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Mortgage discount 4 vaxxers; PREDICTION; Climate change 🌎

By August 27, 2021 No Comments

Mortgage lender offering a discount to vaccinated borrowers

Neat Capital wants its customers to get the vaccine and are willing to pay them to do so.

“We believe Neat is the first financial services company to offer a substantial $500 discount to our applicants who have received a Covid-19 vaccine,” said Luke Johnson, CEO of Neat Capital, in this statement

“Mortgage lenders need to have important conversations with their clients about the home-buying process and their vaccine status as it relates to employment,” he added. “This is partly due to responsible companies requiring employees be vaccinated to keep workplaces safe, and employment status is critical when trying to fund a home loan.”

Considering the decision to get vaccinated is often a very personal one, it’s a unique position for Neat to push people to get the jab.

That’s because Neat believes that vaccinated individuals are making a crucial, positive impact on the wellbeing of the community, they said.

Borrowers can present any digital or electronic picture of a vaccine record that shows a vaccination record, and applicants are eligible regardless of vaccine manufacturer or the number of doses received. 

To ensure equal access among all individuals, Neat would make the lender credit available to unvaccinated borrowers who attest that they are unable to be vaccinated due to health status or religious reasons. 

For individuals who wish to be vaccinated but have been unable to do so due to healthcare accessibility, vaccine cost, childcare availability, or transportation costs, Neat will ensure borrowers can access the vaccine for free to receive this promotional credit. 


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SUPER PREDICTION: Homebuilders will need to drop prices as rates rise

New home sales ticked higher in July while prices climbed to another record high, according to data released Tuesday by the Census Bureau.

Sales of new single-family homes rose 1 percent in July to a seasonally adjusted annualized rate of 708,000, rising from 701,000 in June. The median sale price for a single-family home rose to $390,500, and the average price reached $446,000 — each a new record.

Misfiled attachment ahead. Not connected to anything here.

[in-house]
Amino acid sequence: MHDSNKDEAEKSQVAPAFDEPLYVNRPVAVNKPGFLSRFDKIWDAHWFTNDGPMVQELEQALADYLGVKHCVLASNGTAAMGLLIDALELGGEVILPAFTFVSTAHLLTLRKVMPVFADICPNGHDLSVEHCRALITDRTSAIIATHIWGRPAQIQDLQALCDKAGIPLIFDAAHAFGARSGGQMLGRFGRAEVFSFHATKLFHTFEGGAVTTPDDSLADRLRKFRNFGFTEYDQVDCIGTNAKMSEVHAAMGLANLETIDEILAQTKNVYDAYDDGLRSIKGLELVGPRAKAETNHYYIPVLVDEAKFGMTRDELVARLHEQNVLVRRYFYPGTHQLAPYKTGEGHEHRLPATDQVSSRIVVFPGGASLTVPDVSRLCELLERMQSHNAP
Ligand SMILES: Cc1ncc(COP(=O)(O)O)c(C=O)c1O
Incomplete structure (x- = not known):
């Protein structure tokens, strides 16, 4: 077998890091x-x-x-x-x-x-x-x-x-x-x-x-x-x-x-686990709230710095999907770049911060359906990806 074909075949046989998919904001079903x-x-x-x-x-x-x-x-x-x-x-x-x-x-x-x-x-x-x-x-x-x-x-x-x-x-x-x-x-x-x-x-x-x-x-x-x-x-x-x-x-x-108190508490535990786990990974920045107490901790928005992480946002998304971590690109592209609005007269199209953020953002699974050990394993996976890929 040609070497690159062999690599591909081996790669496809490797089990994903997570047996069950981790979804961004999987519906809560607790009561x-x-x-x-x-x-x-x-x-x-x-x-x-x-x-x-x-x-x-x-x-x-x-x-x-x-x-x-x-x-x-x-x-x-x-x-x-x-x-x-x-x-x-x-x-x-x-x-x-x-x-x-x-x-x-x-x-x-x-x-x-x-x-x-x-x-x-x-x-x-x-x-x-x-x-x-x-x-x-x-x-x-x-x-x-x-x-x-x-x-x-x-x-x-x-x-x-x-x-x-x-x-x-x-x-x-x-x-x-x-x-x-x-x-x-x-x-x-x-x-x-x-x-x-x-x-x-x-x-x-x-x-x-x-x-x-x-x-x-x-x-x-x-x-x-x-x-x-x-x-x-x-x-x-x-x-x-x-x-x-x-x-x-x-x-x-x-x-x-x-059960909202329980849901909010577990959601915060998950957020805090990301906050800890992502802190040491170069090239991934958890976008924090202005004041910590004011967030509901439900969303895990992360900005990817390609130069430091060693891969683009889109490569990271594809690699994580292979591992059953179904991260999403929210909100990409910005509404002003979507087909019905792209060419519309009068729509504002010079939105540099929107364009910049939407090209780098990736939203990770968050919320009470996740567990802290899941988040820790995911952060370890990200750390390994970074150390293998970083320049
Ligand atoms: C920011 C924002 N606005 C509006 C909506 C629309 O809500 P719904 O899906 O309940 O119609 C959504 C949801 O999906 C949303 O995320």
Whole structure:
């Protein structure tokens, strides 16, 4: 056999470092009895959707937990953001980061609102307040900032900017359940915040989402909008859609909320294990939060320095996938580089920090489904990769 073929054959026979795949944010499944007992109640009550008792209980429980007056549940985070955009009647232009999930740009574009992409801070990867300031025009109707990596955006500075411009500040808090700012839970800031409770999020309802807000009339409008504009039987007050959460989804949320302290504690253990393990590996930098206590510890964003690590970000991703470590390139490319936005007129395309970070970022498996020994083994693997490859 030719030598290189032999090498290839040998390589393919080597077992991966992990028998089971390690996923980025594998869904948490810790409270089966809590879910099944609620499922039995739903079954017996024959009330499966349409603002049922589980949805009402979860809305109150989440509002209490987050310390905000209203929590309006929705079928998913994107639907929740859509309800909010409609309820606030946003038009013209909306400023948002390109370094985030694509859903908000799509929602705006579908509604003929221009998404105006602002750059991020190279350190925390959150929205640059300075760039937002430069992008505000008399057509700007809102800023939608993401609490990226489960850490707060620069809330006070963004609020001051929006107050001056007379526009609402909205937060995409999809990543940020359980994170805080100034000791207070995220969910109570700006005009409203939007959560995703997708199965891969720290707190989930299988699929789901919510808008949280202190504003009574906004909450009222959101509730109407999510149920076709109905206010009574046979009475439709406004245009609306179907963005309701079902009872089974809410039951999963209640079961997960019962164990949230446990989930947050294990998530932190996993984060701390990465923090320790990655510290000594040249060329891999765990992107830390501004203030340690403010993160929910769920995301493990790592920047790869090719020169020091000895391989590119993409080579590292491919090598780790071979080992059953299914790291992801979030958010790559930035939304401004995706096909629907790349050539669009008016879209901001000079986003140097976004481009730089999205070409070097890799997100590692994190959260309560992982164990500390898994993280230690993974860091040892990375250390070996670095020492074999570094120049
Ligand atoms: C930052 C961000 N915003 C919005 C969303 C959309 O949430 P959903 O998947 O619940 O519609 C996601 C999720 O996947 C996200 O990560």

“Despite a surge in home prices to record levels, new home sales eked out a small gain in July,” wrote Nancy Vanden Houten of Ox

ford Economics in a Tuesday analysis. “While demand for new homes remains strong, high prices and backlogs in construction will temper sales in the months ahead,” she added.

A surge of demand for new homes unleashed by the coronavirus pandemic drove both sales and prices to staggering levels in 2020. Sales cooled off slightly this spring as prices continued to surge, but a severe lack of inventory and building supply backlogs have kept costs for new very high.

Meanwhile, homebuilders are continuing to struggle, as seen with Toll Brothers earnings this week.

While the company missed the consensus estimate, orders reached a record for Toll’s fiscal third quarter, according to the statement.

In value, orders jumped 35% from a year earlier, reflecting the company’s ability to push prices higher. 

The company’s adjusted gross margin on home sales in the quarter was 22.7%, up from 21% a year earlier. Toll’s wealthy customer base isn’t as constrained by the shortage of homes to buy in the U.S.


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Tackling climate change needs to begin with housing, as governments ignore the issue

As summer heat waves seem to linger more and more, climate change quickly becoming major risk to housing markets.

Across the country, state and local governments are hustling to tackle challenges from changing climate, while simultaneously preparing for things to only get worse.It raises uncomfortable questions: at what point is Miami’s waterlogged coastline just too wet? How many 100+-degree days can Phoenix, the country’s fastest-growing city for the fifth-straight year, handle? 

[RELATED: Watch: In ‘Unlivable Oasis,' a Family Struggles to Find Housing on the Front Lines of the Climate Crisis]

“Look at the migration to Florida, Texas, and Arizona,”said Thomas Doe, president of Municipal Market Analytics. “You may be able to live there for a short period of time, but it’s not going to be a 20-year experience.” He calls it denial: “It won’t happen while I’m living there.” “I can’t believe there will be a day when water won’t come out of the tap.”

Researchers at the Brookings Institution came to the same conclusion in a working paper published last September. 

Changing the types of housing we build is a start.

Homes produce 58.5 million tonnes of CO2 every year, the National Housing Federation (NHF) has calculated, equivalent to the output of 28 million cars – more than the 27 million currently on the country’s roads.

The figures show it is crucial to start making homes more efficient, said Kate Henderson, NHF chief executive. 

“For too long the impact of housing on climate change has been overlooked. While we’ve become more conscious of the vehicles we drive, the amount we recycle and what we eat, these shocking new figures must now force us to recognise the enormous role our draughty homes are having,” said Henderson.

“If we don’t start making serious progress on decarbonising and retrofitting our homes, we won’t achieve the government’s target of net-zero by 2050. It’s critical that we act now.”


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